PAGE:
And like Hugh, the character was presented in rather an unsympathetic light upon his departure.

It was all a great shame.

And I still find it a puzzle.

As for me personally, I particularly missed Zeph Gladstone as Vera Downend.

Vera had become like an old pal through many evenings of me munching my dinner, whilst watching her endure the ups and downs of life on her boat and at the motel salon.

So, when next you are reading about the Crossroads cast axings of the 1980s, spare a little thought for those who were given the chop years before.

The axings I've outlined here did absolutely nothing for the show, and were as puzzling and downright distressing as any made later.


Tuesday, 22 July 2014

Was Crossroads Renamed "Crossroads Motel" In 1985?

Doris: "Well, I know it's called Crossroads, but I'd no idea it's a motel!"

Sandie writes:

I keep reading some slightly dubious stuff about Crossroads being renamed "Crossroads Motel" in the mid-1980s. I don't recall this. Was it?

It's a little confusing, but I don't think so, Sandie, not officially, not at the time.

In the show's new mid-1980s opening credits, the words "Crossroads Motel" were displayed across some fashionable vertical boardroom blinds. I think this was just for effect - a fancy new logo for the motel - but you can see how the confusion has arisen in more recent years, especially as many of the show's keenest modern day fans were small children back in the 1980s - or not even born - and the show's opening credits did end with the words Crossroads Motel!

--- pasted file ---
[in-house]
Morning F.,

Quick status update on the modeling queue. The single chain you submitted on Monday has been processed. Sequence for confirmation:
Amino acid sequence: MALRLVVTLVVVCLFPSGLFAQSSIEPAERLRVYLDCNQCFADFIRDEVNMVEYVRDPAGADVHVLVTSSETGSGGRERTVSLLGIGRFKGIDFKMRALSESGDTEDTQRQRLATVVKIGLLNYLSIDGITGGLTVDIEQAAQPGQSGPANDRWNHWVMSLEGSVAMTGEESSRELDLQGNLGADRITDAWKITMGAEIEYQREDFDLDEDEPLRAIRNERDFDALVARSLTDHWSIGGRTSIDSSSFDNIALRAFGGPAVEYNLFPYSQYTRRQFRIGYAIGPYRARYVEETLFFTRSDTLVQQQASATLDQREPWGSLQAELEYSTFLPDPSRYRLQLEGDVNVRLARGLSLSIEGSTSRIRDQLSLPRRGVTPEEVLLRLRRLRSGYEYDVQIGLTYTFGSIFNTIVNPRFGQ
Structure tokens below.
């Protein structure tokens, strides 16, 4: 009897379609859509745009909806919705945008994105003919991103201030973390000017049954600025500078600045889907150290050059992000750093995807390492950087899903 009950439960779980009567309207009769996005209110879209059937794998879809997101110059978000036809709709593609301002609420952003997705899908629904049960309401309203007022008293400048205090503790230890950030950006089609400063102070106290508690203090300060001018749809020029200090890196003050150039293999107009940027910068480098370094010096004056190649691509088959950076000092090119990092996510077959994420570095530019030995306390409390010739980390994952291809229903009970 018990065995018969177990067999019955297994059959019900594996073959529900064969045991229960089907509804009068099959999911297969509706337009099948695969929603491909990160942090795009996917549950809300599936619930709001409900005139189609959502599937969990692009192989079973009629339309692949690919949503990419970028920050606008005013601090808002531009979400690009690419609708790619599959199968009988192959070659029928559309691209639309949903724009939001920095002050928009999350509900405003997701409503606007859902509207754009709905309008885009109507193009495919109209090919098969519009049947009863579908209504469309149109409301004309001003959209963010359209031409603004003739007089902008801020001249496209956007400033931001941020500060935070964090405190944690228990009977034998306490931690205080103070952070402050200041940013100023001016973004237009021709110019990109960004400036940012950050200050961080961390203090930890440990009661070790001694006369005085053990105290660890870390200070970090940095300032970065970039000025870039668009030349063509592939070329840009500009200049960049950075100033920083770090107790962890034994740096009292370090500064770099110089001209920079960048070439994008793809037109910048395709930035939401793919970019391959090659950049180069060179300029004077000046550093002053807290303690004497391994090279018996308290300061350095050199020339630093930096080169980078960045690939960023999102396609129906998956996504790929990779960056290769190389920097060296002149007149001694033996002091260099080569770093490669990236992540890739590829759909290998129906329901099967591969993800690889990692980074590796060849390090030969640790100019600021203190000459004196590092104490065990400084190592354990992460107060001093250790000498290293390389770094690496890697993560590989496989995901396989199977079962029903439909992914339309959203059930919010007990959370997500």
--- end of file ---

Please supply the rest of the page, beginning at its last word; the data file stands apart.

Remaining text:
Episodes from the 1970s and early 1980s would sometimes begin with a view of the motel sign - but we viewers never thought that episode was called Crossroads Motel Bar Restaurant Swimming Pool Open To Non Residents.

I don't recollect the show's producers announcing a name change (or rather extension) in 1985, and we viewers certainly did not from then on refer to the show as "Crossroads Motel". The emphasis was on the word Crossroads.

The 1985 opening titles were the first set of proper opening titles the show had ever had, so perhaps the designers decided to make a real splash. The 1980s had been greeted with a small change to the closing credits - the yellow on black lettering was changed to white on orange, apparently in an attempt to "brighten up" the show. The 1985 closing boardroom blinds were actually quite a sophisticated effect at the time.

The show did later formally extend its name, becoming Crossroads, King's Oak in 1987, however, this fact was formally announced by the producer - and clearly incorporated into the opening titles.

Whilst the first half of the 1980s had been as common as muck, the yuppie era was well and truly  getting into its stride in 1985. It's doubtful whether Mrs Tardebigge, who became the motel cleaner in late 1986, ever gave the blinds more than a flick of her feather duster.

Sunday, 20 July 2014